Wow. It sure has been a long while since I’ve given an update on One Night 4, hasn’t it? According to the information on the title screen, the last demo was released in April 2013 — over one whole year ago. In the meantime I made the move into commercial game development and even released Legionwood 2. I’ve received emails from worried Indiegogo contributors, wondering if One Night 4 hasn’t just died off and been forgotten.
Let’s remedy that. Take a look at this nifty teaser:
Yes, One Night 4 has changed into something quite different. One Night: The Beginning is a brand new chapter in the One Night series that serves as a prequel to the entire series and explores the origins of the deep backstory introduced in One Night 2: The Beyond. Unlike the previous games in the series, The Beginning is a fully fledged horror themed RPG (ie. not a “survival horror” game, but it will still have horror elements) that allows you to create your own character and build up their stats and abilities as you investigate the origins of a Lovecraftian nightmare at the dawn of the 20th Century — complete with dialogue trees, experience points and dice rolls.
While I’d rather not say anything about the storyline or gameplay concepts at this point, as New Beginning still has a long way to go until completion (I still intend to finish writing Blood Lake first for one), I’m sure some of you are wondering why I’ve made the decision to make such a drastic change to One Night 4. There are a couple of main reasons.
First of all, I was, to be honest, unhappy with how One Night 4 was turning out. The gameplay, which basically boils down to running from an Ao Oni style stalker enemy, doesn’t really add anything new to the series. Back when the original One Night games were released, survival horror was a rarity amongst indie development in general. These days, there are plenty of horror games similar to One Night, and first and foremost, I want to do the series justice and make the latest game stand out from the crowd. With The Beginning‘s new focus on RPG elements, I can “reboot” the mechanics of the series and reinvigorate an old, tired formula.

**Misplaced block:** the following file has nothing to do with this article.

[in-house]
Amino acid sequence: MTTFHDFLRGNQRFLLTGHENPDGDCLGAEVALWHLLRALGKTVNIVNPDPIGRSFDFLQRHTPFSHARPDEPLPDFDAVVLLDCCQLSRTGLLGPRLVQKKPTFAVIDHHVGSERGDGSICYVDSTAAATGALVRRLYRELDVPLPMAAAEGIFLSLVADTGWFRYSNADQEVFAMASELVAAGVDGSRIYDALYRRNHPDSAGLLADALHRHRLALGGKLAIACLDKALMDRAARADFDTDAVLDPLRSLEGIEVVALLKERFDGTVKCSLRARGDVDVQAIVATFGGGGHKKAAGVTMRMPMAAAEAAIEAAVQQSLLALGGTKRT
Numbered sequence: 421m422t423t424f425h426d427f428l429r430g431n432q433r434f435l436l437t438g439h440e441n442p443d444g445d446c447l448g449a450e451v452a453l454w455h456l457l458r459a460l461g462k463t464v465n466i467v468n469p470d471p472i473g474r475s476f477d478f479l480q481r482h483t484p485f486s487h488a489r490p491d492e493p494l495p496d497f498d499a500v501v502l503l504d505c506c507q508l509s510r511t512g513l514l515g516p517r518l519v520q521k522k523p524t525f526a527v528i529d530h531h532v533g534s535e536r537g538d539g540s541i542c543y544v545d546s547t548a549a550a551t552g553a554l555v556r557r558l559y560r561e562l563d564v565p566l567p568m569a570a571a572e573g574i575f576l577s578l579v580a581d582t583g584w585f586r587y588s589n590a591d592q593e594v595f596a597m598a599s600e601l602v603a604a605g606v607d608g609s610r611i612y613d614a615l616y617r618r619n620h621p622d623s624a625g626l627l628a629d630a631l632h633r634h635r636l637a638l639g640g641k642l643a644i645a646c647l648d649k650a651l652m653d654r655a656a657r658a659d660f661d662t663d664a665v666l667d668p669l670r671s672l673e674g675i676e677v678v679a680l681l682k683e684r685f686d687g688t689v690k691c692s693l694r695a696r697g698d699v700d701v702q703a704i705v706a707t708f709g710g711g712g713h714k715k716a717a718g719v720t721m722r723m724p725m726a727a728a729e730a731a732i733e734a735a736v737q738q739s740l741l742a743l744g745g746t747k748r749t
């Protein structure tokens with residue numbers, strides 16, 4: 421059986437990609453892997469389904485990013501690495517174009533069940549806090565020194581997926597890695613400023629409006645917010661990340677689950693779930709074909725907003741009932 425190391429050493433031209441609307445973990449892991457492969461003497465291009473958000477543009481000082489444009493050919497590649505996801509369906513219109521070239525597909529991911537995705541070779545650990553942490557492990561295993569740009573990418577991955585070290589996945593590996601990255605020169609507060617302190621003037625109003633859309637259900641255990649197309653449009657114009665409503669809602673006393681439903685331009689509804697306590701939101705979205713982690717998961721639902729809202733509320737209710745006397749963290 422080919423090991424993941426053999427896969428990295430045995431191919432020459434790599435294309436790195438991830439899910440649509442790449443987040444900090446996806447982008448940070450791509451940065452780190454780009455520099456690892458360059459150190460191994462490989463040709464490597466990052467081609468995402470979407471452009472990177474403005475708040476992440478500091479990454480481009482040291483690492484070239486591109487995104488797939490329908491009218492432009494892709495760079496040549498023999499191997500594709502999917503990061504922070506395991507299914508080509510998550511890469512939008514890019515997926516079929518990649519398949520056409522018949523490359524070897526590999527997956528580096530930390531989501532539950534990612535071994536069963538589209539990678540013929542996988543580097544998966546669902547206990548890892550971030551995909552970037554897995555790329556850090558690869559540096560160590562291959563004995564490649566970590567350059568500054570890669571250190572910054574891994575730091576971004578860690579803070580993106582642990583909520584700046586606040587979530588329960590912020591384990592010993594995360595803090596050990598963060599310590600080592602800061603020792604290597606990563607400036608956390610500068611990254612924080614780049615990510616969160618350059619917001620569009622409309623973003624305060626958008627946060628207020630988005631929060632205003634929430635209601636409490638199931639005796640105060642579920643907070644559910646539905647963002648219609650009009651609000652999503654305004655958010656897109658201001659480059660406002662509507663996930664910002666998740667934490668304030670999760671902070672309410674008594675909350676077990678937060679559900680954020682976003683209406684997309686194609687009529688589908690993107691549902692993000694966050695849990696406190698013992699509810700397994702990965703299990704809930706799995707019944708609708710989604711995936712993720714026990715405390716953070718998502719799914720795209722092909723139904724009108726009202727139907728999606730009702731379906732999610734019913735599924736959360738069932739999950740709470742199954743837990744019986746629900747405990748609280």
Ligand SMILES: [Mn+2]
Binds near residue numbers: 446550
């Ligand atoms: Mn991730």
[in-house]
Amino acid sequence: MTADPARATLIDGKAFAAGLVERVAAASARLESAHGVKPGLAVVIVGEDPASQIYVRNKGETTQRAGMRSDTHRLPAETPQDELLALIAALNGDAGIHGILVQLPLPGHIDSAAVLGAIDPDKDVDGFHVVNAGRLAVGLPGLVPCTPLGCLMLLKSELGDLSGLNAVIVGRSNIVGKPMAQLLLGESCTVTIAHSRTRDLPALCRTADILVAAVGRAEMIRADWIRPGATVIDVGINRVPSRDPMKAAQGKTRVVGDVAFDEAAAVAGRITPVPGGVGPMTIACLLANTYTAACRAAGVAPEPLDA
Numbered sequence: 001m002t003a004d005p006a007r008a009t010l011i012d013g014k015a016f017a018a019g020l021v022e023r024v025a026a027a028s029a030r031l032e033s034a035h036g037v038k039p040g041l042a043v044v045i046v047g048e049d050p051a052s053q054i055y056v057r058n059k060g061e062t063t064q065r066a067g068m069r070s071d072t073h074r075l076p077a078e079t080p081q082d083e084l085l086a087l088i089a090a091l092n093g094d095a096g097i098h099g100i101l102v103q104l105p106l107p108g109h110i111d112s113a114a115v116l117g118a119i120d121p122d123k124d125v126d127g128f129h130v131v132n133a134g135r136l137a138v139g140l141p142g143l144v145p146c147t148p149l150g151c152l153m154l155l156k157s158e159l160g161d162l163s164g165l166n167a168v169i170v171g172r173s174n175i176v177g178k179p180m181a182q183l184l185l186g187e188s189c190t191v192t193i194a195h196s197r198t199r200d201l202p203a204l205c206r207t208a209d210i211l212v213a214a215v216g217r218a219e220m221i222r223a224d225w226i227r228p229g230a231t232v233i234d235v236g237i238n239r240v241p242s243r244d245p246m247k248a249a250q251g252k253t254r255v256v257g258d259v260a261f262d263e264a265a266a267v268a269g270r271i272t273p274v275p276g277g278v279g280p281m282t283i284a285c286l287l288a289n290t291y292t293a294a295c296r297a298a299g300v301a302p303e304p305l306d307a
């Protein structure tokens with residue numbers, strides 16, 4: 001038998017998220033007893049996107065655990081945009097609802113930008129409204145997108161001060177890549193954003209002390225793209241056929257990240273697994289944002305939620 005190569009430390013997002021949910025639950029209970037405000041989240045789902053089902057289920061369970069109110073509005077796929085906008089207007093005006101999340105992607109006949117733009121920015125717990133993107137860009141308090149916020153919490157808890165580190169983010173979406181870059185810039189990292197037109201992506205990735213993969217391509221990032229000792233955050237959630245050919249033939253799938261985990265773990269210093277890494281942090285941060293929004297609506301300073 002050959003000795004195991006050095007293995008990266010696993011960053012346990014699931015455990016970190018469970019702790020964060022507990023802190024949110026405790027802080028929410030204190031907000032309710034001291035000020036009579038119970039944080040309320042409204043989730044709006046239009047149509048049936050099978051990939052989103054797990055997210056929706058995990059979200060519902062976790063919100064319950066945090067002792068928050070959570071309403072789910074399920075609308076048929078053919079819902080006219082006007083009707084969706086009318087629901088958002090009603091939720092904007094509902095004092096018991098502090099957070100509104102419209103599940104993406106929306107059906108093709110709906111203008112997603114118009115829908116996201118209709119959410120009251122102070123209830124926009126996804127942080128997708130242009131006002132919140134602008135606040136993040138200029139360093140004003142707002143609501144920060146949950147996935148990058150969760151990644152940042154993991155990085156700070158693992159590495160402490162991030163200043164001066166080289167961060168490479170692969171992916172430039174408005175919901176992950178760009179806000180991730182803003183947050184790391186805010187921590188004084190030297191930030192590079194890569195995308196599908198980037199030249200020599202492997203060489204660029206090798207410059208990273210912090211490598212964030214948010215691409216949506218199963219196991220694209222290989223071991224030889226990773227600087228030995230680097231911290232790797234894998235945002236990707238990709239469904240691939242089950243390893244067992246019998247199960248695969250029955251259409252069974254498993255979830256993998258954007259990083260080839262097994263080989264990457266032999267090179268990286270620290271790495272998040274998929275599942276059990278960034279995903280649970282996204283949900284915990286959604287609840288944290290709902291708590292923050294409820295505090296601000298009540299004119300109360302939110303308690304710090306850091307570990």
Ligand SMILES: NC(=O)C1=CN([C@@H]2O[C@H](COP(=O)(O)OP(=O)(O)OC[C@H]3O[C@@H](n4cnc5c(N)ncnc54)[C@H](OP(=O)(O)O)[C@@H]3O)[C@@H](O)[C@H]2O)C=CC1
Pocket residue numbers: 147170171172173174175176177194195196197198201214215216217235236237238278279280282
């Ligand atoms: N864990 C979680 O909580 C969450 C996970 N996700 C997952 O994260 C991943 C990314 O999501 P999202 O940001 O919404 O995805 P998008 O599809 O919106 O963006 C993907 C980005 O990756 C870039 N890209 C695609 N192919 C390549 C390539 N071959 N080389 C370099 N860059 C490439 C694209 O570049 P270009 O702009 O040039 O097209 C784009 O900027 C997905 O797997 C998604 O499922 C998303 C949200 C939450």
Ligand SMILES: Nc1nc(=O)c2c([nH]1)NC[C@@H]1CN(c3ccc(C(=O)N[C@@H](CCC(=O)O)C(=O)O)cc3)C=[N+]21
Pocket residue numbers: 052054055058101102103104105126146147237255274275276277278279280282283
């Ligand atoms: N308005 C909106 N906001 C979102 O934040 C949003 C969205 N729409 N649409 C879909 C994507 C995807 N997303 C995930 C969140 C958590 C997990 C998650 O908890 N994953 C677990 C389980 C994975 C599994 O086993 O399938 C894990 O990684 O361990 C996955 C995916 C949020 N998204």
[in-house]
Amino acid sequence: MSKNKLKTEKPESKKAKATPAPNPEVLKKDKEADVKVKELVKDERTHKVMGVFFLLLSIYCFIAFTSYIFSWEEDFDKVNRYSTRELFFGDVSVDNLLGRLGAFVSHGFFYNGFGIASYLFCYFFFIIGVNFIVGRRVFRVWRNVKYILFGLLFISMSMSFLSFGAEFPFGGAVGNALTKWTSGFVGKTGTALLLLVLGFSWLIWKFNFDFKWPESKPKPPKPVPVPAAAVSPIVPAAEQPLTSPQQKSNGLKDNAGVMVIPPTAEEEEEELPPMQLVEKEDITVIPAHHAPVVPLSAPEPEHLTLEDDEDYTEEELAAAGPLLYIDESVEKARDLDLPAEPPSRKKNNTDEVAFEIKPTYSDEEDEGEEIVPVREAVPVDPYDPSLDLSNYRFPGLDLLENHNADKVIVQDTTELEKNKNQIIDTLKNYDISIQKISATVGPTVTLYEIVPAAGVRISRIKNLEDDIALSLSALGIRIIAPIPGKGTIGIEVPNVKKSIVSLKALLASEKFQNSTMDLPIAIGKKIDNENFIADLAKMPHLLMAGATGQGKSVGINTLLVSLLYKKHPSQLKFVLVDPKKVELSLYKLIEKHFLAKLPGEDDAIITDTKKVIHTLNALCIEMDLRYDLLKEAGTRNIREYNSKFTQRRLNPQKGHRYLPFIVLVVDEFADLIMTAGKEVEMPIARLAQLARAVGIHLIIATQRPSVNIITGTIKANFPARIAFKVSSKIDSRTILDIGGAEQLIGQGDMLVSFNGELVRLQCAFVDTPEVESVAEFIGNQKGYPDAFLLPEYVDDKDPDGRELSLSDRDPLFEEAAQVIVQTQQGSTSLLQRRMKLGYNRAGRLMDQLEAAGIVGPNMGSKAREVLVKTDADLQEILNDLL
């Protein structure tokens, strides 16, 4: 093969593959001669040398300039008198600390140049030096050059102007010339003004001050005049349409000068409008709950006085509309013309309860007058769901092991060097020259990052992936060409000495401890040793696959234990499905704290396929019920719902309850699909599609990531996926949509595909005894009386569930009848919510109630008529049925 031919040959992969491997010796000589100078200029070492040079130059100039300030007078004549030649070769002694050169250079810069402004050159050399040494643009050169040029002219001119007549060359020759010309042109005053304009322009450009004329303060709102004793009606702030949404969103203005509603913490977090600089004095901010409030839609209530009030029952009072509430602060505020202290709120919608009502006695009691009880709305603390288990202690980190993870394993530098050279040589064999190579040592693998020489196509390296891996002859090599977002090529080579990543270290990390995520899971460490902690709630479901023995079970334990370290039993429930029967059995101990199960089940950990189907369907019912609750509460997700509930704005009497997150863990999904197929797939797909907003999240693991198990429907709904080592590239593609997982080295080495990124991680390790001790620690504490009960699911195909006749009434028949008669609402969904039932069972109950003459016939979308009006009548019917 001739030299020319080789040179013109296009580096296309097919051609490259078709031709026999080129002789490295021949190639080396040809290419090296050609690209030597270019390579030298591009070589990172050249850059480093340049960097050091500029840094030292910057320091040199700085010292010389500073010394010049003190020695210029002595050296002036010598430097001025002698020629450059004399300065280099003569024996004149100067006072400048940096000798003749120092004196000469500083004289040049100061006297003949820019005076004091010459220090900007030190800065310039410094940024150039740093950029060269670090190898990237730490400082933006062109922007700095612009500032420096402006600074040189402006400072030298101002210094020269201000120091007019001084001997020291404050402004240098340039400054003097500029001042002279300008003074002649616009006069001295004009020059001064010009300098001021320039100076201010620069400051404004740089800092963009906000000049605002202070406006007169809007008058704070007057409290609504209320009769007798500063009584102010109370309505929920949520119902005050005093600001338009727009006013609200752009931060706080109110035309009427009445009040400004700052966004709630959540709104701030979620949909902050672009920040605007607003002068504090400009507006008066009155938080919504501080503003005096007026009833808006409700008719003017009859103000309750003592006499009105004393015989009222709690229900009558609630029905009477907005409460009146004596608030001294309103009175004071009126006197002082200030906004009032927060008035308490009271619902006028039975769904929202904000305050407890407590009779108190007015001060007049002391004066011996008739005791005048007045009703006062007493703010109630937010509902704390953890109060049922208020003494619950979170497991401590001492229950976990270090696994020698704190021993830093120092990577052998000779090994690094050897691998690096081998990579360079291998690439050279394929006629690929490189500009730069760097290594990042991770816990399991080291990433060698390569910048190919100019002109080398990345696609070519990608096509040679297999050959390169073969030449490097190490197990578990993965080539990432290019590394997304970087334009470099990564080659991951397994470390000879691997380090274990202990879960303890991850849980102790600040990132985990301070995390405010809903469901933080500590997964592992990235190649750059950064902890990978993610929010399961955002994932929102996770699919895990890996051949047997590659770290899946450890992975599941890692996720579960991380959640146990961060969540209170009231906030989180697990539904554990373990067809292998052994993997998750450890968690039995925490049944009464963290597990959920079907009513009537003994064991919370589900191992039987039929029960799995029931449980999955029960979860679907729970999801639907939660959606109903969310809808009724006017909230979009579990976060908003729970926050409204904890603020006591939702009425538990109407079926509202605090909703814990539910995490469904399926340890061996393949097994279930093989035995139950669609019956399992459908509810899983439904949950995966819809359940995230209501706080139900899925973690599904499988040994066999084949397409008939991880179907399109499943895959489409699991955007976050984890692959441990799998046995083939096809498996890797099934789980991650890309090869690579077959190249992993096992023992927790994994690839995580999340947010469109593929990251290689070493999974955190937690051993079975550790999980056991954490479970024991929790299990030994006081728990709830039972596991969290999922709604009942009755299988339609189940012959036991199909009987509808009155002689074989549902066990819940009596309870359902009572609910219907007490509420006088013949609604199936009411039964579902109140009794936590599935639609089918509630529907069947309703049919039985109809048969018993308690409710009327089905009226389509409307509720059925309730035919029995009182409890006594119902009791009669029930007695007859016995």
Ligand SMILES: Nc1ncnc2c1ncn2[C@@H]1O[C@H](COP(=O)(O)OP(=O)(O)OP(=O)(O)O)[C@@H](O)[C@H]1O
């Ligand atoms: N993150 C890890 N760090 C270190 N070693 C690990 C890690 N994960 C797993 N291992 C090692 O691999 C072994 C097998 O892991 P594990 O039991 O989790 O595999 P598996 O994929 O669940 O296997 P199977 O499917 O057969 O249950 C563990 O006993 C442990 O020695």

Secondly, as some of you may be aware, I’ve recently made the move into commercial game development. I completed and released my first commercial game, Legionwood 2, and thanks to commercial distribution channels such as Steam, I’ve discovered a new audience that were previously out of my reach. I would love to bring One Night to this new audience, too. That said, the main thing I’ve learned from Legionwood 2 is that it’s hard to market a sequel. I’d hate to think how hard it would be to convince people to buy a game that’s the fourth in a relatively unknown series (which potentially requires the knowledge of three games worth of backstory to play properly), but with a standalone prequel I can reach out to people who’ve never even heard of One Night, One Night 2 or Full Circle.
So yeah, part of it comes down to selling out. But the good news is that One Night 4 isn’t dead. It’s turned into something altogether more awesome, and it’s going to take the series to new heights. Survival horror has almost become a cliche these days in the indie community — One Night: The Beginning needs to be something fresh.
The horror begins soon.